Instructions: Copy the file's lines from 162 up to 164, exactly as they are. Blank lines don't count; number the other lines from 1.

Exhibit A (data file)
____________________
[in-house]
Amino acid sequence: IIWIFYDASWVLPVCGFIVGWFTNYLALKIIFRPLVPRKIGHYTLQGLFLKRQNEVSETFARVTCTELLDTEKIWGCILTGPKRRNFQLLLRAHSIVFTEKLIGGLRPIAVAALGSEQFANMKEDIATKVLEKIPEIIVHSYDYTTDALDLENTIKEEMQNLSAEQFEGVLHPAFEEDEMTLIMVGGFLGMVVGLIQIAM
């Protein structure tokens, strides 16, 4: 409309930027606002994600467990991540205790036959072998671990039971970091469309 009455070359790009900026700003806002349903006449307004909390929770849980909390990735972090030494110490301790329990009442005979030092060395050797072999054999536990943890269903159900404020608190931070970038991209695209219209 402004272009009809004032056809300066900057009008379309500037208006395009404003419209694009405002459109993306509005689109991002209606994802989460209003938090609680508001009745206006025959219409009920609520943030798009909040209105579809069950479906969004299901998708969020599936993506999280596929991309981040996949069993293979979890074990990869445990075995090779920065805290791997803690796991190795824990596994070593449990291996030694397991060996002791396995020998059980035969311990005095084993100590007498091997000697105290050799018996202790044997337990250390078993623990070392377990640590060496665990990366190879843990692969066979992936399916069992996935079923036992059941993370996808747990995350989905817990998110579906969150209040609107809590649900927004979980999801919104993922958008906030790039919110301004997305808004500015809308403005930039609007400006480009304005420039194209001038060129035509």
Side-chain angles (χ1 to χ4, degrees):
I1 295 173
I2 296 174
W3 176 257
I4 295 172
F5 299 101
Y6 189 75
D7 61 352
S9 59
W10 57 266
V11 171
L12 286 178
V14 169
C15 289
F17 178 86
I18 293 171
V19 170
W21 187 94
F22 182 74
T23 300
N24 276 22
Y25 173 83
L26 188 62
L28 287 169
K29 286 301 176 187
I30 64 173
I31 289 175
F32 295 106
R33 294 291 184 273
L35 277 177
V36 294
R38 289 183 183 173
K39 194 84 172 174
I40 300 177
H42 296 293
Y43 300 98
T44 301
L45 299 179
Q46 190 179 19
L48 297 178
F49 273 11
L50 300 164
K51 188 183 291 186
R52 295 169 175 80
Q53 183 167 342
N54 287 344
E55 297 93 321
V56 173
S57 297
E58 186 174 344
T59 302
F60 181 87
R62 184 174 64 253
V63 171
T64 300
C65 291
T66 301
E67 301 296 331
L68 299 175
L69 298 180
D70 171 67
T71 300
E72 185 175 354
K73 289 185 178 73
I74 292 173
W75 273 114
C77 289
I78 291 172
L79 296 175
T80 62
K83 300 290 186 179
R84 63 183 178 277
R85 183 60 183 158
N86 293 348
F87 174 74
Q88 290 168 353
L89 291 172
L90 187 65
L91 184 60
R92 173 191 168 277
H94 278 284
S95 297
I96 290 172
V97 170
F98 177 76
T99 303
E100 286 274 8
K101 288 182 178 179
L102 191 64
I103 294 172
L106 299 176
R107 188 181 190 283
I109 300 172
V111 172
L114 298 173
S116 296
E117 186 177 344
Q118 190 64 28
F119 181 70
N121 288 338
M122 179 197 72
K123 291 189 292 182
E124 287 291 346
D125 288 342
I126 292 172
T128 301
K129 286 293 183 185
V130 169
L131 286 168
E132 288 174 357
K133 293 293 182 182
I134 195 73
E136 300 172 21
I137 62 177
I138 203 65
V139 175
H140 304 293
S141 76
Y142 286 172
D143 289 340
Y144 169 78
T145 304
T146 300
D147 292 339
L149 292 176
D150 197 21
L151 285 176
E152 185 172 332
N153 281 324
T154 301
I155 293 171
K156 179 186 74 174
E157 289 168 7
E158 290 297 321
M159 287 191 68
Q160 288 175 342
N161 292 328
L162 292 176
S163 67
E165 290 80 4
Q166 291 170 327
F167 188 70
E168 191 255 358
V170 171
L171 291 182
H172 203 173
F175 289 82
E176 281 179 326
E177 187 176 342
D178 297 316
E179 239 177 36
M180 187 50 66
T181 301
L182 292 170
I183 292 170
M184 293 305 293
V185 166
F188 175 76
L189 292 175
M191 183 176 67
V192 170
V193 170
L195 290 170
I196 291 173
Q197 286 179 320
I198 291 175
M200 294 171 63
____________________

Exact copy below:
L189 292 175
M191 183 176 67
V192 170